USA vs. Sweden — What to Watch for in Team USA’s First Exhibition

USA Hockey will take a significant step in narrowing down its U.S. National Junior Team preliminary roster when the squad meets Sweden for its first pre-tournament game Thurday. The U.S. will dress the requisite 22 players for the game, which will air live on NHL Network at 12:30 p.m. ET.

Logo_USA_hockeyTeam USA GM Jim Johannson has said Thursday’s game will be a big part of the decision process for the three cuts USA Hockey will have to make to get down to 23 players for the tournament. Two defensemen and a forward will have to be let go by Dec. 22, which is when the roster is planned to be announced.

The series of practices Team USA has held, with small area games and informal scrimmages will have weighed heavily into consideration on top of the players’ complete bodies of work. For those on the bubble, Thursday could be make or break. For the guys that are safe from the clippers, it will be a chance to build chemistry and familiarity with linemates.

Coming up after the jump, what to watch for during Team USA’s exhibition.

The Scratches

Exhibitions are usually played under International Ice Hockey Federation rules, meaning the U.S. will have to scratch four players, one of which will be a goalie, to get down to 22 for the game against Sweden.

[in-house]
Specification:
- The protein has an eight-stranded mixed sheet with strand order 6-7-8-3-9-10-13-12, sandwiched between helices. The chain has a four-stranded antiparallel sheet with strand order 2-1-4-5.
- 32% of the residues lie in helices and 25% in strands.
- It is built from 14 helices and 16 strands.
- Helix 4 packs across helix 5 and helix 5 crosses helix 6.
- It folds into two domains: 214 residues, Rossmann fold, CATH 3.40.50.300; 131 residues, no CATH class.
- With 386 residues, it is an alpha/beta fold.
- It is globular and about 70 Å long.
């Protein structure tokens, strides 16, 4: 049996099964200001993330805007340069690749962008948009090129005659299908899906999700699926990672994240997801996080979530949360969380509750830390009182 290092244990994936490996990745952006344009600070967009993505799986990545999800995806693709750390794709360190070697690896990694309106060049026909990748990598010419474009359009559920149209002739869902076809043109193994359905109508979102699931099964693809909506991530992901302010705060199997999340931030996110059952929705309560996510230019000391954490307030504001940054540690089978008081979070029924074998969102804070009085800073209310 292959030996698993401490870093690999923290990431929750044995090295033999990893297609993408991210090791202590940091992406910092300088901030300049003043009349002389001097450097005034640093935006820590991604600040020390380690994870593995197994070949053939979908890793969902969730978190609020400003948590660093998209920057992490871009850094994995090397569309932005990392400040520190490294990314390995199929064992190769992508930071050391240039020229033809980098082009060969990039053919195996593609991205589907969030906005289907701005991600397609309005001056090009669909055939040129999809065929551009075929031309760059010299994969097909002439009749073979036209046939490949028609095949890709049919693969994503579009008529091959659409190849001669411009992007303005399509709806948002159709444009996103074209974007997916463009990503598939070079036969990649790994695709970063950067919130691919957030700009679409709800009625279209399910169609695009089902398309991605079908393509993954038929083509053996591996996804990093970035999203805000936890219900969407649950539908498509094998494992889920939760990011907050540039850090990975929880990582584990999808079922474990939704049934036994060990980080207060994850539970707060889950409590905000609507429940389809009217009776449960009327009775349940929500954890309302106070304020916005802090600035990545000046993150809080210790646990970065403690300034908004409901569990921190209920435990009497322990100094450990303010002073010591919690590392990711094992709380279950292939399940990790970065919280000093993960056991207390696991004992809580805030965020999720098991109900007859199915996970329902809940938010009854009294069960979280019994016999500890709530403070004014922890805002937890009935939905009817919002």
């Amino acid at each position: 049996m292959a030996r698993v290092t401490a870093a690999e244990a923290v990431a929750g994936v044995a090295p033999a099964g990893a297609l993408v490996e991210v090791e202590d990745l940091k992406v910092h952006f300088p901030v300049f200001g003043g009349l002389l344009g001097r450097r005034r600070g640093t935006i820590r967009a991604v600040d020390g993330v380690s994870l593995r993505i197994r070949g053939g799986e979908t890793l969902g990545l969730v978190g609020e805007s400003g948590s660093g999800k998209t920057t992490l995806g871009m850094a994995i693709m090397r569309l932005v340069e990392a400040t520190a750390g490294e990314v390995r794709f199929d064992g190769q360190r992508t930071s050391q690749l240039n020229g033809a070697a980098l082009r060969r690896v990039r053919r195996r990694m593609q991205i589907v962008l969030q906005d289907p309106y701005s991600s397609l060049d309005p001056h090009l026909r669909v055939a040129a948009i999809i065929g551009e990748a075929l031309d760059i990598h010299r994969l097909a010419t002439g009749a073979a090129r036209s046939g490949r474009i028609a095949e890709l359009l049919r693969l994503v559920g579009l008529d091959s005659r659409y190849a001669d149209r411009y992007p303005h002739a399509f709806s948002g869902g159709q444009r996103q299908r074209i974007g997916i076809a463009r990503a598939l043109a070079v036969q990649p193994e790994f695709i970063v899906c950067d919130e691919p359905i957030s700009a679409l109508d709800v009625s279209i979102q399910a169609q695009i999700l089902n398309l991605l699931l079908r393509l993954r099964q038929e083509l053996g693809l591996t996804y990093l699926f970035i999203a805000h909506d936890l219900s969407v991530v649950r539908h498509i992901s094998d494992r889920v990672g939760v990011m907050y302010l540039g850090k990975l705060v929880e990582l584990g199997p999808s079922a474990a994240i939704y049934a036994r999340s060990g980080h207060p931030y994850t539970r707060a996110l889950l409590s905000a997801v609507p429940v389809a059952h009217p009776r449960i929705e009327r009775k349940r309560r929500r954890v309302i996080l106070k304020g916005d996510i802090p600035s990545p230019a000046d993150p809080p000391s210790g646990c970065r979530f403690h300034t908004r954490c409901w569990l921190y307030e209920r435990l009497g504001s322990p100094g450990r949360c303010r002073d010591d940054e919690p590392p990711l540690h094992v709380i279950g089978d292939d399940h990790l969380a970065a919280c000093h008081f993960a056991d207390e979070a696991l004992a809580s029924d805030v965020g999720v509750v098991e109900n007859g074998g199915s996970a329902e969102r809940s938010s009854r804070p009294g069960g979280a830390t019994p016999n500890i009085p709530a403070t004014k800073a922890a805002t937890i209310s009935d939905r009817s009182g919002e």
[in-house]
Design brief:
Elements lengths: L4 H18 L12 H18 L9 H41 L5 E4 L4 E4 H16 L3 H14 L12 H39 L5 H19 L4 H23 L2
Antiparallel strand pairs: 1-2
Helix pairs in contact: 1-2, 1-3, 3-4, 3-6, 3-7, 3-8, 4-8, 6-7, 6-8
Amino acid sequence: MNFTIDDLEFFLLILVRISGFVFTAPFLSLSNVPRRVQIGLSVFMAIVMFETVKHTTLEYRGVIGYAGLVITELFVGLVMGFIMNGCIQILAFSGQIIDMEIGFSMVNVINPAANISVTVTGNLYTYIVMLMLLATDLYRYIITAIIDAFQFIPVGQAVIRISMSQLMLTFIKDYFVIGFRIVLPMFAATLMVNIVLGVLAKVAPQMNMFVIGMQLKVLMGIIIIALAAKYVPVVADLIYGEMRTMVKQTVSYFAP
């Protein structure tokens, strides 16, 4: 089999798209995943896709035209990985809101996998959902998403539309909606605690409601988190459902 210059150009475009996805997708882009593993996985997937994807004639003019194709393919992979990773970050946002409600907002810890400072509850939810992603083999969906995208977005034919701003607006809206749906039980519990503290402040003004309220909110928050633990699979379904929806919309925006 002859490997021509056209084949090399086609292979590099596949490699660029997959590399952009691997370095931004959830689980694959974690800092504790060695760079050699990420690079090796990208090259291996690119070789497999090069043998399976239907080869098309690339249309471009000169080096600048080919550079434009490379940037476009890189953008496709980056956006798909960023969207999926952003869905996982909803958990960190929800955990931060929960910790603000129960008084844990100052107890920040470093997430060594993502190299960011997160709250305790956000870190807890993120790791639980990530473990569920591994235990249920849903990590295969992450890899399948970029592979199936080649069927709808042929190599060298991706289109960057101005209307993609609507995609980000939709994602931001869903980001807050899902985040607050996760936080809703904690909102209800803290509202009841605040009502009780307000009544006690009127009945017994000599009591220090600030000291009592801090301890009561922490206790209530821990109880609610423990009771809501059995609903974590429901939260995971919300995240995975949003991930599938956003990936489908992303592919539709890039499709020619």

With the vast importance placed on this game against Sweden, expect any player that is considered to be a bubble guy to be in the lineup. That would leave a couple of the guys you’d expect to see on Team USA sitting in the stands.

It will be particularly interesting to see how defensive scratches are handled, seeing as there is an abundance of left-shot D in camp and the decisions down the left side are far from easy.

What complicates the scratches is the potential interest in building some consistency into special teams. If there’s more emphasis on trying to get guys working together, that will impact who ends up a scratch.

That’s a tough decision to make. You want to give everyone a fair evaluation, but this team only gets two exhibitions before games go live, so reps with unfamiliar teammates is still important.

Either way, based on previous experience, if a player got scratched for the first exhibition it’s usually a good thing.

Special Teams

This is an area where you might also be able to determine a bit who will make the final roster. This is a tournament where special teams are so vital to success. Goals can be hard to come by, so a good power play on the big ice sheet will be important.

With that in mind, expect the U.S. staff to try to get some of its preferred units a few looks in the first exhibition game, pending who’s scratched.

The next game against Finland will probably be more indicative of Team USA’s plans for the tournament, but in terms of who is expected to make the team, it bears watching against Sweden.

Getting as many pre-tournament reps in a live-game scenario is a good way to get more familiar with each other.

Line Combos, D Pairings

It’s always good to see who will play with who. With only having to scratch one forward (more than likely), the game against Sweden should be a good look at the vision for this team, at least in part.

There’s a good chance the lines will get jumbled up a bit in the game, just to see who works best with who. You’ll probably see a few guys even switch positions a bit.